Nineteen consumer and community organizations asked the FTC to go even farther and stop debt relief services from making claims about results, telling consumers not to pay their creditors, and interfering with communications between creditors and consumers. They also called for a 90-day “money back” cancellation period.
How to get real debt relief
- Try to resolve your debt problems with your creditors directly. You may be able to get your interest rate lowered, late charges forgiven, and your monthly payments reduced.
- Contact a nonprofit credit counseling service for advice. It may be possible to work out a plan through the credit counseling service to pay off the debts over time. To find the nearest nonprofit credit counseling services, consumers can contact the National Foundation for Credit Counseling, www.nfcc.org, 800-388-2227 or the Association of Independent Consumer Credit Counseling Agencies, www.aiccca.org, 866-703-8787.
- Know your rights. Ask your Attorney General’s Office if state law limits the amount or timing of debt settlement fees in your state. Find your state AG at www.naag.org.
- Read the fine print. Walk away if the contract doesn’t contain the promises that were made to you, or if the contract contradicts what you were told.
- Look for services that charge a fee only after the service actually settles your debts.
- Take immediate action if you can’t make your mortgage or car payments. (Debt settlement services don’t usually address mortgage or car debt.) Contact your lender or mortgage servicer immediately to try to work out new payment arrangements. For help regarding your mortgage, call 800-569-4287 or go to http://nhl.gov/offices/hsg/sfh/hcc/hcs.cfm to find a local housing counselor certified by the federal Department of Housing and Urban Development.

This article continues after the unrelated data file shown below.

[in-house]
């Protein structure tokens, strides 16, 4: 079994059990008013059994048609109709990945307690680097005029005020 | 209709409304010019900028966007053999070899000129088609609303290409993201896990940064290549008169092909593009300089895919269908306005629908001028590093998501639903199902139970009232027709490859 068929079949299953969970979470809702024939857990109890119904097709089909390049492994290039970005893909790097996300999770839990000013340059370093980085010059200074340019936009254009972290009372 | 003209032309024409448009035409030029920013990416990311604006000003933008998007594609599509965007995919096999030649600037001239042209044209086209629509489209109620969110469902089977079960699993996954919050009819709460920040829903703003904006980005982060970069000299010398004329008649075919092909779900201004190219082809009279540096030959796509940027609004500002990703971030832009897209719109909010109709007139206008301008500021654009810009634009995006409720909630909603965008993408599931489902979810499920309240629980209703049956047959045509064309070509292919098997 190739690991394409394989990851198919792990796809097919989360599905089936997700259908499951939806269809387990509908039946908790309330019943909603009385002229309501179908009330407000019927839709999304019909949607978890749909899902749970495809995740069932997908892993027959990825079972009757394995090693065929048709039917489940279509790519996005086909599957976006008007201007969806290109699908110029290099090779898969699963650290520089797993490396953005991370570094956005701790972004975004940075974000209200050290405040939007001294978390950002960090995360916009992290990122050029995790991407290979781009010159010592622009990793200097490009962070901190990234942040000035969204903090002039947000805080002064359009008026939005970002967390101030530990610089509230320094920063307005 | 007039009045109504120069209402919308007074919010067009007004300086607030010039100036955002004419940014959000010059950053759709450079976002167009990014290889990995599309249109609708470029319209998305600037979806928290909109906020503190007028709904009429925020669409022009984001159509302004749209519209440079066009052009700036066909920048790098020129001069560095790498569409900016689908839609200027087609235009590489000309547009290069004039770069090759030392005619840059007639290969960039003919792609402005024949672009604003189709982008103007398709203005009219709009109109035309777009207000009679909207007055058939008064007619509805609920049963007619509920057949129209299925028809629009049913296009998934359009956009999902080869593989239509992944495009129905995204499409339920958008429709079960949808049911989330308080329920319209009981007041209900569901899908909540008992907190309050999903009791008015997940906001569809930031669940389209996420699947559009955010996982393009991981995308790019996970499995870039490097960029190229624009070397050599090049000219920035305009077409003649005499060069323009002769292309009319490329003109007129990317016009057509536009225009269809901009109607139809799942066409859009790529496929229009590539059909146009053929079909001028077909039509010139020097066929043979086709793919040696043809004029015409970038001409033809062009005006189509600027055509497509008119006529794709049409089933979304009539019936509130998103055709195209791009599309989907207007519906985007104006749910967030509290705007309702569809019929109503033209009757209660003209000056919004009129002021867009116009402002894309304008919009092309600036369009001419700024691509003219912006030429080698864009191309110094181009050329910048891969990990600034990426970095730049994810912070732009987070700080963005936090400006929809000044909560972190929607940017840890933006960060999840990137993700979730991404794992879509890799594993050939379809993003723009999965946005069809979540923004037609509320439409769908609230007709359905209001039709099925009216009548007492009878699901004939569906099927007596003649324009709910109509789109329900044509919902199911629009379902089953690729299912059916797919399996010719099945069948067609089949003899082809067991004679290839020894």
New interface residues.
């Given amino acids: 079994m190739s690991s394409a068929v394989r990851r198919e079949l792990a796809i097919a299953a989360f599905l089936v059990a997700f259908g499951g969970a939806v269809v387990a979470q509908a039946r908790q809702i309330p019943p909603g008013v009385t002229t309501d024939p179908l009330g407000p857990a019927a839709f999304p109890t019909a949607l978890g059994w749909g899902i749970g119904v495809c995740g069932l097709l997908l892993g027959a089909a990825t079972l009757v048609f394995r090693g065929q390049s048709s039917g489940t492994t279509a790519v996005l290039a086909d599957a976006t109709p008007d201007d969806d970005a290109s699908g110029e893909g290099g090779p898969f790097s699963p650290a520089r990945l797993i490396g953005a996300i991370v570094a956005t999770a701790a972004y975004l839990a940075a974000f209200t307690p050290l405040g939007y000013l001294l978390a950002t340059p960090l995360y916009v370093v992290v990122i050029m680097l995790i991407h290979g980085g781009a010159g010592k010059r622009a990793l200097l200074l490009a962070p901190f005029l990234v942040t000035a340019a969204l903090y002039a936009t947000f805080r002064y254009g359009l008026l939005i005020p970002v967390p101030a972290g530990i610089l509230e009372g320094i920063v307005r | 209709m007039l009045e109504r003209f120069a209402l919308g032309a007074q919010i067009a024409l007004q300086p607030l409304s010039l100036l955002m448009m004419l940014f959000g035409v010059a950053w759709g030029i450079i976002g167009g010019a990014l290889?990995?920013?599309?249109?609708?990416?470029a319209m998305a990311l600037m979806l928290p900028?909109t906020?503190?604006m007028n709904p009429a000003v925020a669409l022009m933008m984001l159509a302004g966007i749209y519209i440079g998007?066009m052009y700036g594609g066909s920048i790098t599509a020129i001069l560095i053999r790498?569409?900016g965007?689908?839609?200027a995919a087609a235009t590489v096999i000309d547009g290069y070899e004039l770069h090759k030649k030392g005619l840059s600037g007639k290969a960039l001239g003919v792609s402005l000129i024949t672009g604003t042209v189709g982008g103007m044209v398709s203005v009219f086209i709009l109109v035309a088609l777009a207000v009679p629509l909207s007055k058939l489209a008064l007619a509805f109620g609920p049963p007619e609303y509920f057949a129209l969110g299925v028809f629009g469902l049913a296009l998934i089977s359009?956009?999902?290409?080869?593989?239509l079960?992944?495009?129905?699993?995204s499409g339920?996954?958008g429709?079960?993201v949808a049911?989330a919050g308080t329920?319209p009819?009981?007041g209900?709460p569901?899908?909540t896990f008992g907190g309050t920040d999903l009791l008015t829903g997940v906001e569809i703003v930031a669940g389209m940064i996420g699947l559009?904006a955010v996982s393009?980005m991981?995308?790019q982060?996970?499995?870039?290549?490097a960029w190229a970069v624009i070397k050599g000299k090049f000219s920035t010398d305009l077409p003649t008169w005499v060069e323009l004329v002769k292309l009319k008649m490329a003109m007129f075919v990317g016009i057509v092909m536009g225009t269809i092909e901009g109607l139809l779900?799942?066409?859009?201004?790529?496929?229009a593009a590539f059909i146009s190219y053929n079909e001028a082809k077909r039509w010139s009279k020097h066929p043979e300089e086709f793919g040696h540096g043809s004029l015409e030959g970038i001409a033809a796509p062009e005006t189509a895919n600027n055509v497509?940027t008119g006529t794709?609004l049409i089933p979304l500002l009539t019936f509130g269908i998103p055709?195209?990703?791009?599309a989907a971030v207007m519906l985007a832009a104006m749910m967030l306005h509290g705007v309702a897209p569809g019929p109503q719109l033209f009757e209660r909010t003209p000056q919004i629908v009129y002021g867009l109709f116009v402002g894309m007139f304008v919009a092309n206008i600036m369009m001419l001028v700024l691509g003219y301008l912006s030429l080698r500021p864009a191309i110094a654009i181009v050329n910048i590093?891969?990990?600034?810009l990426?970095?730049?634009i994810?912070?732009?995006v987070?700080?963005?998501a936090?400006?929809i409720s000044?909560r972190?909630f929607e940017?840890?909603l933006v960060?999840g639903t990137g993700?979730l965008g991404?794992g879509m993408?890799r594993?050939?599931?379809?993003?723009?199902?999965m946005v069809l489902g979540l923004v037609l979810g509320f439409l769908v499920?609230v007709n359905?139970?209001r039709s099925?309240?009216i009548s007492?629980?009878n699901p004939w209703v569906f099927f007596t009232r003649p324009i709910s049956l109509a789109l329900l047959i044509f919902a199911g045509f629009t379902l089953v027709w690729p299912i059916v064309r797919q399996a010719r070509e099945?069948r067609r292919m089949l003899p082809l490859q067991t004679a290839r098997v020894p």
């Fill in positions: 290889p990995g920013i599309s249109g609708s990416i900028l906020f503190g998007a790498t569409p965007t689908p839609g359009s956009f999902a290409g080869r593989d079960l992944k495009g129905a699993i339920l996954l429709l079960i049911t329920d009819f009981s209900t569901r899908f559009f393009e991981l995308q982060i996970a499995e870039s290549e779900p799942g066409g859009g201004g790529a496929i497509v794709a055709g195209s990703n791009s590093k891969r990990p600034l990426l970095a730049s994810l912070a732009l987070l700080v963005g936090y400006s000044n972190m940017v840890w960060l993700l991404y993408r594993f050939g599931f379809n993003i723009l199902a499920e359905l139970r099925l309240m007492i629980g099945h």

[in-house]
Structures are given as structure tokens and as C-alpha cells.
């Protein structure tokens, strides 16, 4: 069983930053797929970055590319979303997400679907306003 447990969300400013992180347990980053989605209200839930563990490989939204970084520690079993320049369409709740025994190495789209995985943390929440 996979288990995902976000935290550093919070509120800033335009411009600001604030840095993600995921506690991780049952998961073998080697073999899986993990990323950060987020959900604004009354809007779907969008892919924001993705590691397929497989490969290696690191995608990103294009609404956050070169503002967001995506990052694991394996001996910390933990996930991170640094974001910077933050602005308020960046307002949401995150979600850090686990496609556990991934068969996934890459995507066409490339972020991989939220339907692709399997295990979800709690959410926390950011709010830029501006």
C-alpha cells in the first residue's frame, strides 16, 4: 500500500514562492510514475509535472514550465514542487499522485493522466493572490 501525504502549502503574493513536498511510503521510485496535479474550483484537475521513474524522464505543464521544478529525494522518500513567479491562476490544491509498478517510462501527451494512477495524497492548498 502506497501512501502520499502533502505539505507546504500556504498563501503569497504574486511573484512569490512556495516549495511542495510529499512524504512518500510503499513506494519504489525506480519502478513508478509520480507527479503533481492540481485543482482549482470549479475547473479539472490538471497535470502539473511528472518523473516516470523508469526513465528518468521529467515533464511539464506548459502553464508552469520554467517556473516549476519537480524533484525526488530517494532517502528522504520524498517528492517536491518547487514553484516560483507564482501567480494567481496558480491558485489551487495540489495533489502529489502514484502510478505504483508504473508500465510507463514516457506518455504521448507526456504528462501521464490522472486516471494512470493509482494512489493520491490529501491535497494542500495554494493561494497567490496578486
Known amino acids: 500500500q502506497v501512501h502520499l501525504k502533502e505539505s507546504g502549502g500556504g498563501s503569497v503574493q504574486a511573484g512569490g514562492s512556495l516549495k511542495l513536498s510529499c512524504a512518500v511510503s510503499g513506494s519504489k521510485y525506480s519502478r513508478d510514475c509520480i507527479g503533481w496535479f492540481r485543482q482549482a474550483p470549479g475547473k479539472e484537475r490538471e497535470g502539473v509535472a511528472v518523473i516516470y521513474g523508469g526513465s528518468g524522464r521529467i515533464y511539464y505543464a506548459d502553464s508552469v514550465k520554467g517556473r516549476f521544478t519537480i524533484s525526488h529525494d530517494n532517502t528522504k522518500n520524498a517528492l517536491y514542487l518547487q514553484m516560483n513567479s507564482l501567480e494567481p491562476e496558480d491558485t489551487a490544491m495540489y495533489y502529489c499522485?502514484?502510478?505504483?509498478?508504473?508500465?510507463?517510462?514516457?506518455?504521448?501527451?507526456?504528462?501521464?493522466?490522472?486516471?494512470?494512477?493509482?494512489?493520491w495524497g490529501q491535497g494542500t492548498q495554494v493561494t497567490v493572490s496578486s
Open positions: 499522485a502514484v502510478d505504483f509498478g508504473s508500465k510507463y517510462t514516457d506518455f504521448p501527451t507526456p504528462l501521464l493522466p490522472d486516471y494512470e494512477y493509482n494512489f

- Consider bankruptcy. Some people who have too much debt need the fresh start that bankruptcy provides. Get legal advice to see if that is the right choice for you.
The complete tips on debt settlement in English and Spanish are available here at Consumer Action, as well as:
- Consumer Federation of America
- Consumers Union “Defend Your Dollars” website
Consumer Action is a national non-profit education and advocacy organization that has served consumers since 1971. CA serves consumers nationwide by advancing consumer rights in the fields of credit, banking, housing, privacy, insurance and utilities.
The Consumer Federation of America is a non-profit association of more than 280 groups that, since 1968, has sought to advance the consumer interest through advocacy and education.
Consumers Union of United States, Inc., publisher of Consumer Reports, is a nonprofit membership organization chartered in 1936 to provide consumers with information, education, and counsel about goods, services, health and personal finance. CU’s publications and services carry no outside advertising and receive no commercial support.
The National Consumer Law Center is a nonprofit organization specializing in consumer issues on behalf of low-income people. NCLC works with thousands of legal services, government and private attorneys, as well as community groups and organizations, from all states that represent low-income and elderly individuals on consumer issues.
Consumer groups warn of debt settlement trap (Debt_settlement_PR.pdf)